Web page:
In 1726 Christopher Carter was not a happy man. Part of his inn was falling into disrepair and despite promises made to him 12 years earlier the work had not been remedied.
According to his account, which I will print below, Dr. Radcliffe visited the inn and ordered that a dilapidated part of the building be torn down so that it could be replaced by a new building. One assumes that this was in 1713, just after Radcliffe had made his purchase and one might guess that there was a certain amount of persuasion by Carter that this work, probably neglected by the hard up Sir Edward Longueville, was essential.
However Dr. Radcliffe died the following year and this may have left Carter in limbo. His Trustees needed time to organise and familiarise themselves with the manor and establish priorities. Since they only met twice a year on the average it was probably difficult to get decisions in those early years. Christopher Carter may have been living in misguided hope.
Eventually, after 12 years he submitted this petition to the Trustees which was, to judge by the neatness of the script and the language, drawn up by a lawyer. The Trustees were minded to listen and allowed him some relief on his rent. It was probably too late to revive his fortunes because in 1730 he was facing insolvency.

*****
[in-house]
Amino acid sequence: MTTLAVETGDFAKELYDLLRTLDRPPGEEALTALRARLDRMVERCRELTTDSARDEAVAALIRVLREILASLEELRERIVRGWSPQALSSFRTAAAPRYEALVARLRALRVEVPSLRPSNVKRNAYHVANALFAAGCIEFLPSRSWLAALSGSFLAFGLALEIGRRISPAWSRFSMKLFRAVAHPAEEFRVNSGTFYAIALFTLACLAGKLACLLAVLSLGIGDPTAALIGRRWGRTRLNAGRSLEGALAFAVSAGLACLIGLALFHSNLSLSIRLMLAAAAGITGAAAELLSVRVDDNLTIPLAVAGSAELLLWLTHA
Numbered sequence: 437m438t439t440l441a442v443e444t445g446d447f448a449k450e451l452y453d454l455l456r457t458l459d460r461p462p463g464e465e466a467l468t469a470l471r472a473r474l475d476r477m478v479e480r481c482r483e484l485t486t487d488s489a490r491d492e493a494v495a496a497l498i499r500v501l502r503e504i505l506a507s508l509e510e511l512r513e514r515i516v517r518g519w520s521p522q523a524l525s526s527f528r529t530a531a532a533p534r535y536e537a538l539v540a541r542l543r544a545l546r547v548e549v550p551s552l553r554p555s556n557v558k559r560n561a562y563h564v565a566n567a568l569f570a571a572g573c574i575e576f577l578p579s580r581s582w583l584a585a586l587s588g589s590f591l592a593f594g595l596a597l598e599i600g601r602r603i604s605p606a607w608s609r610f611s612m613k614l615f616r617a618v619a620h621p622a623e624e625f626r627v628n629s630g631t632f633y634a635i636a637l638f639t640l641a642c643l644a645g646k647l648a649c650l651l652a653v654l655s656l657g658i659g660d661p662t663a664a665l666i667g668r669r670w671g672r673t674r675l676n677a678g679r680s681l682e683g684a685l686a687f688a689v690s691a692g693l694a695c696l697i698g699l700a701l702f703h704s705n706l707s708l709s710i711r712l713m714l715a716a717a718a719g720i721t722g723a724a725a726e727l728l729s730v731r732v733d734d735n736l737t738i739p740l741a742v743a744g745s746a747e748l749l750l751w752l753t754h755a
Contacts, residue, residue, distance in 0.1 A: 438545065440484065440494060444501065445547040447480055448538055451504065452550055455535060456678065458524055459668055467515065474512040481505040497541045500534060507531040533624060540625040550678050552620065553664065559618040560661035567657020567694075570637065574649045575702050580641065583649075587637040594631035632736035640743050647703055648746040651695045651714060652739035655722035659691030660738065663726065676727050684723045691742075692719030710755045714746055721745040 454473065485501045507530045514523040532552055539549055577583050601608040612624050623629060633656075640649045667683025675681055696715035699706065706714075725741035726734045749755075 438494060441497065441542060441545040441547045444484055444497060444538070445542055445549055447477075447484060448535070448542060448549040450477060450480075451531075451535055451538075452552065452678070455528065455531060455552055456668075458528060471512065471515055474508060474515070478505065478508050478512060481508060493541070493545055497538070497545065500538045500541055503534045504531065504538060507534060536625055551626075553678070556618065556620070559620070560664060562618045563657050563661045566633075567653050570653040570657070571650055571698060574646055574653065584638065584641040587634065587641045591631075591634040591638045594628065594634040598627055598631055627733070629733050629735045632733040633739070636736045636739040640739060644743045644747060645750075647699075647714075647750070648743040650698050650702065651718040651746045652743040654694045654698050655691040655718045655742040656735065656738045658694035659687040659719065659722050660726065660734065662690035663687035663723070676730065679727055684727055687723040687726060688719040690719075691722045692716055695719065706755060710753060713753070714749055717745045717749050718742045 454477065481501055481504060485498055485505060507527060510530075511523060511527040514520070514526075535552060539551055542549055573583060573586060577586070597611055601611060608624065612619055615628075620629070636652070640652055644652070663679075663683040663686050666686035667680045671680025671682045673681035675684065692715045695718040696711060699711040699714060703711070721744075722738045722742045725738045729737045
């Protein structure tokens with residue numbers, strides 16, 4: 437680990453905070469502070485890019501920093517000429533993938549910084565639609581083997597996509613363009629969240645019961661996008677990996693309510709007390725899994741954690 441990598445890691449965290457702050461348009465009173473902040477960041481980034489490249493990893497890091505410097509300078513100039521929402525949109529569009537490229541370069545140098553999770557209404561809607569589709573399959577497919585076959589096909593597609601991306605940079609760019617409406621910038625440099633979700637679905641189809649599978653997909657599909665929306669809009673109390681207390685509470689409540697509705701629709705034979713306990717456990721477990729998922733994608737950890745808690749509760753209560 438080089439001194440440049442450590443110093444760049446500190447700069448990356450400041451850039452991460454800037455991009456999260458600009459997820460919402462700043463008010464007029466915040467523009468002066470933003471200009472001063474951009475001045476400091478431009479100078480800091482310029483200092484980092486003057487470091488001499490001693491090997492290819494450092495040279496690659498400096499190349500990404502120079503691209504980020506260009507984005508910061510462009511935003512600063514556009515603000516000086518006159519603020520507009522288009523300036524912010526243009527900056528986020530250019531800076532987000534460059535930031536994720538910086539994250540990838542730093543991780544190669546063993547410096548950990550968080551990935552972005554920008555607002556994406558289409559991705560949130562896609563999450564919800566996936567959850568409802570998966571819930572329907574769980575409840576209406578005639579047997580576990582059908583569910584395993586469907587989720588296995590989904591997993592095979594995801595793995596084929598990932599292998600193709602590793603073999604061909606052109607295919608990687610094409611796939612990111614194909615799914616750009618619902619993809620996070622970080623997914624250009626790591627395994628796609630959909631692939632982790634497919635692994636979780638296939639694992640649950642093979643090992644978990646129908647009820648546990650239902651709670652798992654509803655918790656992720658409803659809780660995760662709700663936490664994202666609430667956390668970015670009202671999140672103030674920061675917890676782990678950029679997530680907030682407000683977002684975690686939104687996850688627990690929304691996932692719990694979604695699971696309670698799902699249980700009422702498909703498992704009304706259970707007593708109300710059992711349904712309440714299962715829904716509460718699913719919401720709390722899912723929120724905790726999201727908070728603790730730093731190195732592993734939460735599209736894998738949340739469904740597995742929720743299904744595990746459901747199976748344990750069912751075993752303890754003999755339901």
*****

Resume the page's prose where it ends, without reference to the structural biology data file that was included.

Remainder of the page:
To the Honourable William Bromley Esq. Sir George Beaumont Bart. Thomas Bacon late Slater. Anthony Keck Esq. Trustees of the late Doctor Radcliffe’s deeds
The humble petition of Christopher Carter out of the town of the manor of Wolverton in the County of Bucks. Innkeeper
That the said Doctor Radcliffe soon after the purchasing of the said manor came to the Three Swans in Stony Stratford (being the Inn your petitioner lives inn) and ordered part of his house to be pulled down and to be new built again and accordingly the same was pulled down and continued for about twelve yeares before the same was rebuilt and the new buildings are not yet finished.
That the buildings that were taken down consisted of six bay containing a shuffleboard room and severall other chambers and their not being built up again was a very great damage and disadvantage to your petitioner the buildings being demolished in such a manner as did not only render the said roomes useless but gave the inn such an ill report that Gentlemen and Travellers who were Strangers would not come to itt and severall Gentlemen after they had turned into the yard and saw in what condition the inn was in have went out again and gone to other Inns.
And that the brewhouse which was under part of the said roomes was so bad and ruinous that your Petitioner could not brew therein without great difficulty and hazard and oftentimes had his drink damaged by mortar and other rubbish falling into it from the walls of the said brewhouse.
Your Petitioner therefore humbly hopes that the promisses considered he shall have such whose and allowances for his loss and damage as to your Goodnesses shall seem reasonable.One can easily imagine the reaction of customers who found clumps of mortar in their ale.